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It's the first thing you learn how to do when you have a baby. And there's a really good reason.

I’m due to give birth in five months.

Besides the actual birth, there is one thing I am absolutely petrified about.

Bathing the baby.

The whole water, slippery hands, little baby, potential drowning situation has me completely freaked out.

So I’ve been researching how necessary baths are for babies. I mean, all they do is sleep, right? But it turns out they are very, very necessary.

“So I’ve been researching how necessary baths are for babies. I mean, all they do is sleep, right? But it turns out they are very, very necessary.”

I recently attended a JOHNSON’S baby event, and beyond the calming smell of their baby powder, I learned that, 120 years on from pioneering baby skin care, they had been doing research on the one thing I feared the most and how beneficial it is.

Just as an FYI, you should know that this is an advertorial for Johnson’s Baby.

For more than a century, JOHNSON’S® have been providing products that are formulated and designed with baby in mind, and they have published more clinical research on the science on baby’s skin than any other global skin care company over the last five years.

They’ve been looking into what, in fact, makes a healthy baby. According to them, babies are born with all their brain cells. But what happens next in those first few weeks, months and years is when those brain cells start talking to each other and making connections with each other.

Baby brain development depends on how babies interact with the world. And it’s not just connected to those early milestones like walking and talking –  it has been shown that routine massage and touch can lead to improved cognitive performance and increased alertness and attentiveness.

So…important, then.

GP, TV presenter and journalist Dr Ginni Mansberg says, “Sharing beautiful experiences like bath time, touch, massage and even verbal communication will not only create special moments between parent and child, but stimulate their baby’s brain as well.”

“Sharing beautiful experiences like bath time, touch, massage and even verbal communication will not only create special moments between parent and child, but stimulate their baby’s brain as well.”

When a baby is exposed to the senses like touch, smell, sight and sound, their brain cells talk to each other, making connections. And the one activity that ticks all these boxes? Bath time.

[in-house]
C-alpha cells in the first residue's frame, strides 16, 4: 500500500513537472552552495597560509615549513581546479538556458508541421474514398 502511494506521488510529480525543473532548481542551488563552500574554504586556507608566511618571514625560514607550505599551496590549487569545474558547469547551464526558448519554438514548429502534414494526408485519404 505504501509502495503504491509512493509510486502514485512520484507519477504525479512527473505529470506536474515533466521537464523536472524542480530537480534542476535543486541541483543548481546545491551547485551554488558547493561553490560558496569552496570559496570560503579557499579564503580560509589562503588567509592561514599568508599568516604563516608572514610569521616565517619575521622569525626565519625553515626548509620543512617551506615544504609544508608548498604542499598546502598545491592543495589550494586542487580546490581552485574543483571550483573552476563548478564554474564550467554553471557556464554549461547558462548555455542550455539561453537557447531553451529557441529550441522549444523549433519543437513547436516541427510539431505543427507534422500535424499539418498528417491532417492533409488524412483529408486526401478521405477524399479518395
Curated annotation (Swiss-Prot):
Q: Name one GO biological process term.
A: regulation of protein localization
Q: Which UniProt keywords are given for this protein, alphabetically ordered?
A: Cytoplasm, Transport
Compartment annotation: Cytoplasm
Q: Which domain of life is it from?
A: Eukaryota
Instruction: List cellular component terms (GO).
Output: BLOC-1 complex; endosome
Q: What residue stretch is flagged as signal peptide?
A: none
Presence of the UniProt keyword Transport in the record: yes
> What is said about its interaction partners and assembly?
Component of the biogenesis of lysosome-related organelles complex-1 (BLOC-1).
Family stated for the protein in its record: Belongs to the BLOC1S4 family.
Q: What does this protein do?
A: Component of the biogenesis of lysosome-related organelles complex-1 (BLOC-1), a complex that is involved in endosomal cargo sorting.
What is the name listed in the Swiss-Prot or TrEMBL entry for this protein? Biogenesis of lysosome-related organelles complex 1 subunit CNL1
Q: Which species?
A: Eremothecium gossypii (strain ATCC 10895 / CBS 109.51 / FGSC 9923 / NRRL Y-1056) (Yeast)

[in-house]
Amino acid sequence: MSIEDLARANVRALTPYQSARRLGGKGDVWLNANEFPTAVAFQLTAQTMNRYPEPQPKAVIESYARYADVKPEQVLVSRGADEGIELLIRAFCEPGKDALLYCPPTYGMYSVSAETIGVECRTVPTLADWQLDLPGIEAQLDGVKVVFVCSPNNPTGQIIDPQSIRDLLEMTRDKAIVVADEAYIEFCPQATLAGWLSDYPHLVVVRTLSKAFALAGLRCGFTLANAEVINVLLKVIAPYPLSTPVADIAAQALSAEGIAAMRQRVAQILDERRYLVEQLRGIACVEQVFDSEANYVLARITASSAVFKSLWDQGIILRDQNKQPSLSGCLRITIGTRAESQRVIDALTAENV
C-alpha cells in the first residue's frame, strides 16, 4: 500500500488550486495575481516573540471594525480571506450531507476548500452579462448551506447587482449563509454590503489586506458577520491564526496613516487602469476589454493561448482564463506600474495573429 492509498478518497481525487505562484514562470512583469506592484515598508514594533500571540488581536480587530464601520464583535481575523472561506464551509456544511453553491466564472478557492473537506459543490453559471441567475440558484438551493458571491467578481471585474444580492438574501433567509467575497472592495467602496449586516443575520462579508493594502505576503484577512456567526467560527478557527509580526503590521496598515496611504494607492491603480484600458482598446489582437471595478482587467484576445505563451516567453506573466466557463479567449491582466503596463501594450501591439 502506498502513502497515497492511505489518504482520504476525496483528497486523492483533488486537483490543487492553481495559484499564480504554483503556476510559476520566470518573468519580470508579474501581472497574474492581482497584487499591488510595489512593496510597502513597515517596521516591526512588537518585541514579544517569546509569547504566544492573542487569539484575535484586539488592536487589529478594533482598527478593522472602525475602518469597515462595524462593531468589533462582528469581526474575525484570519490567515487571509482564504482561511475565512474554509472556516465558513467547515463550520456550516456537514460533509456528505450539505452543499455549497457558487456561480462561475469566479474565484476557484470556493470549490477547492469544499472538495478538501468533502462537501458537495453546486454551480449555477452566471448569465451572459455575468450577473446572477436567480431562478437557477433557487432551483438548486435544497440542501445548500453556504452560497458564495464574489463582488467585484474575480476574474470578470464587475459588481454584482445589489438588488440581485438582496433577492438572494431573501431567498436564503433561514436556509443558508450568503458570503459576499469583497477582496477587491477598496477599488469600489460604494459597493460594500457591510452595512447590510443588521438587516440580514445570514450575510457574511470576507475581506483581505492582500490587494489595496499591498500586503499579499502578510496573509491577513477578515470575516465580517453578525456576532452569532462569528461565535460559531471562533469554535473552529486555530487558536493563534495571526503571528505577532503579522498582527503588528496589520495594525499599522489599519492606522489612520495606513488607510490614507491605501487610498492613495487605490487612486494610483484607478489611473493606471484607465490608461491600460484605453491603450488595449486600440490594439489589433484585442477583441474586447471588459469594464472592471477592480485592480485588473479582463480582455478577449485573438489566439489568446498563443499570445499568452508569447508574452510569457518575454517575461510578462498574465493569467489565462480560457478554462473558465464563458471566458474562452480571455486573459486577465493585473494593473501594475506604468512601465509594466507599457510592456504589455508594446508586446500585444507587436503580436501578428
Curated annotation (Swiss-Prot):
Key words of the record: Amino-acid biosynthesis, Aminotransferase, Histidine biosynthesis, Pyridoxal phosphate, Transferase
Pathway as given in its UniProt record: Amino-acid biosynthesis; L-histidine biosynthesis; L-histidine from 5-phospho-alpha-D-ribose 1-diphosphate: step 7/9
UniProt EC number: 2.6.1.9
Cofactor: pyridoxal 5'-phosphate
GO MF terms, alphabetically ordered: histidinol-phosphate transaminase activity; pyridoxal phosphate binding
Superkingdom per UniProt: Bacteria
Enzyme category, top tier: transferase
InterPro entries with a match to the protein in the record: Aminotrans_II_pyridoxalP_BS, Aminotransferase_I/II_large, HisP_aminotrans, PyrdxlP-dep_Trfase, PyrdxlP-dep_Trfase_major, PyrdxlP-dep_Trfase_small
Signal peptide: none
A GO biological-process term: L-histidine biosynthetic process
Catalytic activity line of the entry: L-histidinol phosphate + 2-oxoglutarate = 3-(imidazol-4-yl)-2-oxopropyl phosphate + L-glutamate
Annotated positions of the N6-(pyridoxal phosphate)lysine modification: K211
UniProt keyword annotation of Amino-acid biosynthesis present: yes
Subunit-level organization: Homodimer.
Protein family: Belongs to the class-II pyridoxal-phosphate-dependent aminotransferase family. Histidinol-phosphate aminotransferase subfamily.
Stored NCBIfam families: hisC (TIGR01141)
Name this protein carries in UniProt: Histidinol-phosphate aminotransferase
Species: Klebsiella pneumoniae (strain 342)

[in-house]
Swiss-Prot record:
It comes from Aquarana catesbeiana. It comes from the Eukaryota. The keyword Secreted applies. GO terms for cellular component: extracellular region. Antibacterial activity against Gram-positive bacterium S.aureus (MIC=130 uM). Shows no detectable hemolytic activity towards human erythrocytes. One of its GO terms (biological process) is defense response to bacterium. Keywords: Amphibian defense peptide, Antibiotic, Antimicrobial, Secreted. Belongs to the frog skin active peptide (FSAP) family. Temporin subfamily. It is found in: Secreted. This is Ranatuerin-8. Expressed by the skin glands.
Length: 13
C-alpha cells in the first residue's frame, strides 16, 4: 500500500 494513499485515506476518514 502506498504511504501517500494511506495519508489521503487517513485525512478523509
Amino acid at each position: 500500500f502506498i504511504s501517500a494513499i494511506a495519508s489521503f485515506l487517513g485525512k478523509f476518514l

Why? Well, first you can’t bath a baby and be distracted. No Facebook checking. No watching last night’s episode of Game of Thrones. Nothing. It’s just you and the baby.

Second, it’s something that happens every day. No matter how crazy the day has been. No matter how many tantrums, number two nappies, or emotional breakdowns you’ve had, bath time is a ritual that brings all of that to an end as baby gets ready for sleep (hopefully, through the night) and brings you a few minutes closer to that precious, precious time when mums get to rest too.

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And finally, it is the perfect moment to bring in all of those senses.

Skin-to-skin touch between a parent and baby essentially lets a baby know that you are there, and that you love them.

The smells in the room, whether it is from JOHNSON’S® baby TOP-TO-TOE bath or a burning candle, help associate the baby’s memory with comfort, relaxation and love. Smells evoke more powerful memories than any other of the senses.

“The smells in the room, whether it is from JOHNSON’S® baby TOP-TO-TOE bath or a burning candle, help associate the baby’s memory with comfort, relaxation and love.”

While they can’t fully understand what you are saying during bath time, just talking to them will help them start to learn words. Studies have shown that by age two babies with larger vocabularies got that way because mum and dad spoke to them.

And finally, with having no access to your phone, there is nothing you can look at besides your baby’s eyes. And eye contact is one of the earliest forms of communication between parents and their newborns.

JOHNSON’S® has even done research into mums who suffer from post-natal depression and the common side effect of feeling disconnected with their baby. The research found bath time and massage can be one of those activities that help improve the bond between mum and baby.

And yes, I hear you. We already do this, you cry. But now at least you know how important it is to make sure bath time happens, especially during that dreaded witching hour.

And for me, a new mum, it shows that it is pretty important. No matter how much it freaks me out.

What have been your experiences with bathing your newborn?

Click through to see behind the scenes of JOHNSON’S baby event.
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JOHNSON’S® believes that ordinary moments offer extraordinary opportunities for your baby’s development; that rituals like bath time play a powerful role in your baby’s development!
Bath time is the time for stimulating baby’s senses; It’s bonding time, learning time, growing time. Because it is the time for more skin-on-skin contact, these intimate moments of contact help in developing your baby and making them happy! In a day packed with tiny battles, bath time carries the sweet smell of victory.

A Johnson’s bath enhances your baby’s bathing experience – With more crackles and pops of tiny bubbles; More gentle splashes of warm, lathered water; More calming aromas; all playing a role in stimulating your baby’s senses and helping in early development!

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